Today I’ve been reading about the gift of play, particularly as it relates to spiritual formation. There are the practices of Sabbath, prayer, work, exercise, study, meditation . . . and play.
It seems quite the odd concept to read about in the midst of the Coronavirus pandemic. In this time, play may seem, at best, something we should merely hope for in the future and, at worst, something we end up despising in the midst of carrying so much added responsibility.
I can pray and work. But play? Continue reading
Yesterday I wrote about a simple practice that can help in this time. It’s called the 5-3-1.
In this most challenging of times we find ourselves, I do believe it is important to create little rhythms in our lives. Small rhythms, simple rhythms (personal liturgy, if you will). Continue reading
I personally love to learn about, think about, read about, talk about spiritual formation. It’s a popular topic today, I understand that. I don’t want to be involved with this because it’s fashionable. Rather I’m drawn to it because of how my life is being transformed.
Spiritual formation, at its foundation, is about the forming of Christ in us by the Spirit of God. Eugene Peterson identifies it as such in his Christ Plays in Ten Thousand Places. He notes it is “primarily what the Spirit does, forming the resurrection life of Christ in us.”
I believe one key aspect of spiritual formation is the call to slow down. Spiritual formation will be nearly impossible if we are constantly on the run, in a hurry.
We live in a world – both outside and inside the church – that calls us to do more and do it faster. And do it flashy as well.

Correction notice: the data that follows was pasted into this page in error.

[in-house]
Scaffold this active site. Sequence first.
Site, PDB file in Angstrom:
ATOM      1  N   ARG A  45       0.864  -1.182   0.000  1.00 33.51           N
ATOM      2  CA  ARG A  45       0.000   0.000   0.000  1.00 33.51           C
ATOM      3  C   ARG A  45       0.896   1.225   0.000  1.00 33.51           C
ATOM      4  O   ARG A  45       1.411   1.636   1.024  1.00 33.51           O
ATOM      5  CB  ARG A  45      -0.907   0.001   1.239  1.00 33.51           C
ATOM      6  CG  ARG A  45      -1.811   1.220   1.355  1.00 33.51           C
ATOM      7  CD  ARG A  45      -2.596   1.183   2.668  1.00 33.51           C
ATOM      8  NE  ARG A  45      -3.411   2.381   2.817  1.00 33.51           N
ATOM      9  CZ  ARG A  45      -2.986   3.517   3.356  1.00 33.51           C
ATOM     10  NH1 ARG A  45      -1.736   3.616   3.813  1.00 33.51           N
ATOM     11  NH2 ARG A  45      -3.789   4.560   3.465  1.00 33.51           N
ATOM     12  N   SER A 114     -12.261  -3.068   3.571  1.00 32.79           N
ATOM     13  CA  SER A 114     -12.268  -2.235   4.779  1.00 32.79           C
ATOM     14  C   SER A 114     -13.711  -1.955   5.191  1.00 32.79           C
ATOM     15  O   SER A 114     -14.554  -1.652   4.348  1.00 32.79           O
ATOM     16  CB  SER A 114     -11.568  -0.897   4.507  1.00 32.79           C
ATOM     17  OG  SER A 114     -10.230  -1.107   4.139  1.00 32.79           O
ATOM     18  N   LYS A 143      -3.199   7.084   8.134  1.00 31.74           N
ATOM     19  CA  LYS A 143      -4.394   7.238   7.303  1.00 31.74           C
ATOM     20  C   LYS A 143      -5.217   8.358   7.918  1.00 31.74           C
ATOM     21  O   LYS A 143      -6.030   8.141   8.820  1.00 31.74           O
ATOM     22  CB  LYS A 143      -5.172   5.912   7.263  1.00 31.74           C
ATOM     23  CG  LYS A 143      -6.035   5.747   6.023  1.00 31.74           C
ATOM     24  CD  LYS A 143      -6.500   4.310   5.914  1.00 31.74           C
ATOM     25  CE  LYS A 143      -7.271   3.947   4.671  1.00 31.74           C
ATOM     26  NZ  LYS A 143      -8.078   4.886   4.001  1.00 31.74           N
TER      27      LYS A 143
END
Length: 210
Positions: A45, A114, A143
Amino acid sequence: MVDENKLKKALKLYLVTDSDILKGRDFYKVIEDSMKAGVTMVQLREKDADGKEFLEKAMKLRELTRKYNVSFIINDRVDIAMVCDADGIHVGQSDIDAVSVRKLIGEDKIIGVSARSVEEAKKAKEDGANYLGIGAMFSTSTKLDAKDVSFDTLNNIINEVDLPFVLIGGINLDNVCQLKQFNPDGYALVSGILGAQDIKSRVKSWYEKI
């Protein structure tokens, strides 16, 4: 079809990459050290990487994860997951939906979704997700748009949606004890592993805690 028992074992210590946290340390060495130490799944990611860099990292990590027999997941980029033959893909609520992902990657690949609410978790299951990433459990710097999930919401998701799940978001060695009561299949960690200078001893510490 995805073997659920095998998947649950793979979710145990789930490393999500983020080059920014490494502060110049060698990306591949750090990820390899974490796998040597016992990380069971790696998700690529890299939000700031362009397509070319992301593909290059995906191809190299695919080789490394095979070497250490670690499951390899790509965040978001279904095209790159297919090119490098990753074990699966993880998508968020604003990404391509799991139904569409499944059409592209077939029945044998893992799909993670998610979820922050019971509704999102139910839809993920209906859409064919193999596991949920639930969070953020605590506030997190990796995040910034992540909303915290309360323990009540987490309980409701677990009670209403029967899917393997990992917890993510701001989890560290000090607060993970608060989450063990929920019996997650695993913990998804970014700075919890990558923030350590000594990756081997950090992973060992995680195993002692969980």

Christian spiritual formation calls for us to slow our pace. Continue reading
A significant spiritual leader passed 23 years ago. These are some of the most powerful words I have heard or read from Henri Nouwen.
“Jesus never asked us to be productive. Jesus asked us to be fruitful.”
Watch the short video below. Continue reading
Just this week I finished reading Friend of the Soul: A Benedictine Spirituality of Work by Norvene Vest. Vest is a spiritual director and author who focuses much of her work on Benedictine spirituality. I was looking for some more resources around vocation and calling as I develop a new course called The Religious Dimension of Work, so this work was recommended to me by Chris Smith of the Englewood Review of Books.
Who is this friend referred to in the book’s title? It is work. Through the Rule of St. Benedict, Vest offers that work is to be our friend, a friend of the soul. For me, this was a beautiful, fresh insight!
Not that I don’t already know that work is good and all work of all types can be done to the glory of God. But seeing work as our friend calls us to see it as something very personal, very intimate. Even more, rather than seeing work as something we simply deal with or, worse yet, despise, I have come to better appreciate work as our companion of the soul. Continue reading